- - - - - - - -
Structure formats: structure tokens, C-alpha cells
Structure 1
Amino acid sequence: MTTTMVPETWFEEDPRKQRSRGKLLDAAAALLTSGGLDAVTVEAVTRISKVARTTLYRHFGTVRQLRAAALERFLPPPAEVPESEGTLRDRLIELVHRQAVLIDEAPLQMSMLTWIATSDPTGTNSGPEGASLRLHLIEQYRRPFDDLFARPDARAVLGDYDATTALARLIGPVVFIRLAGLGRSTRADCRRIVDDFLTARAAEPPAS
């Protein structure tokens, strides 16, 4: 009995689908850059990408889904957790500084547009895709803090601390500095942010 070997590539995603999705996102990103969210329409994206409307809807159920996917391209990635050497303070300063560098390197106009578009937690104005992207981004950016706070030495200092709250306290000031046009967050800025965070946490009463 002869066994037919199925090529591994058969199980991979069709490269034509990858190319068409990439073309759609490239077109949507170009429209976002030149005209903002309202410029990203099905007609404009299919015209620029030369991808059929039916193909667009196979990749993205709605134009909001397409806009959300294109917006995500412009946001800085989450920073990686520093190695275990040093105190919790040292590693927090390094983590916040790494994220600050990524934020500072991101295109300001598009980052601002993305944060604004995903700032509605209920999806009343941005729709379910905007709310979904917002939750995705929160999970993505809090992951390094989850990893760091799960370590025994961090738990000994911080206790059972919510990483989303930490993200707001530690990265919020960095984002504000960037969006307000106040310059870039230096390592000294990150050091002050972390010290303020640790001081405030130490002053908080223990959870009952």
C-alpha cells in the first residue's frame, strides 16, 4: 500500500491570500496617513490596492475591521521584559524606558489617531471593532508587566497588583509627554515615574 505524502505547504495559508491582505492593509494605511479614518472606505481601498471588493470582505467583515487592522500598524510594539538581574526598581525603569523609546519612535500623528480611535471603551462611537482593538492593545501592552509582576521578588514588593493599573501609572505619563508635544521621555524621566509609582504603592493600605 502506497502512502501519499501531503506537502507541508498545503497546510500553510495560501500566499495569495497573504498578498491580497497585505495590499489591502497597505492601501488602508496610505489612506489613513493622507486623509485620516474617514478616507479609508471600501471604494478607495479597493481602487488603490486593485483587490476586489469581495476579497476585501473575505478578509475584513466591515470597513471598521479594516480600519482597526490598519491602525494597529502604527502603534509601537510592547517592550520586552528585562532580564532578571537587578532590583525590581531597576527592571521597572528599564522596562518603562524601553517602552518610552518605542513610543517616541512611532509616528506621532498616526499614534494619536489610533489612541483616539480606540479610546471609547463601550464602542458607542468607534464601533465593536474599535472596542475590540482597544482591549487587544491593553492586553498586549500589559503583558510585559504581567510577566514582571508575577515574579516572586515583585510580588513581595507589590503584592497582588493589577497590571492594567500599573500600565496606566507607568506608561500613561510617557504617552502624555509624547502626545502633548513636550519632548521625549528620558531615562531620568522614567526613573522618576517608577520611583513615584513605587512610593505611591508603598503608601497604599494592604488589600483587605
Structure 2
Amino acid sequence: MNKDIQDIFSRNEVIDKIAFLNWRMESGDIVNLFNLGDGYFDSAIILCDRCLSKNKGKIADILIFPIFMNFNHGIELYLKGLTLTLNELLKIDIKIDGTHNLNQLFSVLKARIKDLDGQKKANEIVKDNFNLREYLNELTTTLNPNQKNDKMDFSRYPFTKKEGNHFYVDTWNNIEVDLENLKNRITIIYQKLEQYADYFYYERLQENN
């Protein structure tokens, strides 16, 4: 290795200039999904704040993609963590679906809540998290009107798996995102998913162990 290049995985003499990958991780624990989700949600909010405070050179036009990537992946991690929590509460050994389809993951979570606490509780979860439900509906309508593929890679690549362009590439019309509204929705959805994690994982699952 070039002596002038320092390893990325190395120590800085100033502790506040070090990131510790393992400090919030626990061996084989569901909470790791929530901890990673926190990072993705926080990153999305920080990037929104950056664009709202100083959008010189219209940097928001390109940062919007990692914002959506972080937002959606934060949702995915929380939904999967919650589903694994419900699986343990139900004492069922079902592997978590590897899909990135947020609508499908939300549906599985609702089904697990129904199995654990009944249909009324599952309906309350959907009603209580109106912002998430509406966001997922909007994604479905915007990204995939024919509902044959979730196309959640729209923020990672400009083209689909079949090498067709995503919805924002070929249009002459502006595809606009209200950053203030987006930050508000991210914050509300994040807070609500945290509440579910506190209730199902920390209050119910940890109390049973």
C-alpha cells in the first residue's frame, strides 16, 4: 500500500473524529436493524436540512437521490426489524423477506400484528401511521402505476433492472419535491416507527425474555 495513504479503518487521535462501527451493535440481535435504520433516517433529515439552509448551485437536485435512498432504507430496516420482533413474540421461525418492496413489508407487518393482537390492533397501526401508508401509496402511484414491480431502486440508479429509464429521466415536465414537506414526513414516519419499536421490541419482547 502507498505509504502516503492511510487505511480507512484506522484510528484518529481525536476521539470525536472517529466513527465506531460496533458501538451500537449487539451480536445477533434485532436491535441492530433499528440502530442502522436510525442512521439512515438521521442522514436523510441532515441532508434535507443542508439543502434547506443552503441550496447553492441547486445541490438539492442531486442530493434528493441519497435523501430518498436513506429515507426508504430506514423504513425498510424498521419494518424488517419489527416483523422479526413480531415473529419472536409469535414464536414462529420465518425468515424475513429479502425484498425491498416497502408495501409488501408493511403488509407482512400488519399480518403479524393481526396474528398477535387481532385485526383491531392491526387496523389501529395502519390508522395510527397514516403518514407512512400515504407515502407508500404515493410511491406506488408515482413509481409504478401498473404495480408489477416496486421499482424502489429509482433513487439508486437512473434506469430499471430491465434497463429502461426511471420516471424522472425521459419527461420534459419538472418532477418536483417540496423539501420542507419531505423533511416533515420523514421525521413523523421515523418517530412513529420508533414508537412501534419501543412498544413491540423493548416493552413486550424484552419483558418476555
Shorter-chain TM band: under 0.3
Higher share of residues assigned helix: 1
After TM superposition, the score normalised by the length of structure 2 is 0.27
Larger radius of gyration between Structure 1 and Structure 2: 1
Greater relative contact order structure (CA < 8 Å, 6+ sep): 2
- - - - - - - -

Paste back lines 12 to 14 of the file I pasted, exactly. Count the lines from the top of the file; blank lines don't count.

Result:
After TM superposition, the score normalised by the length of structure 2 is 0.27
Larger radius of gyration between Structure 1 and Structure 2: 1
Greater relative contact order structure (CA < 8 Å, 6+ sep): 2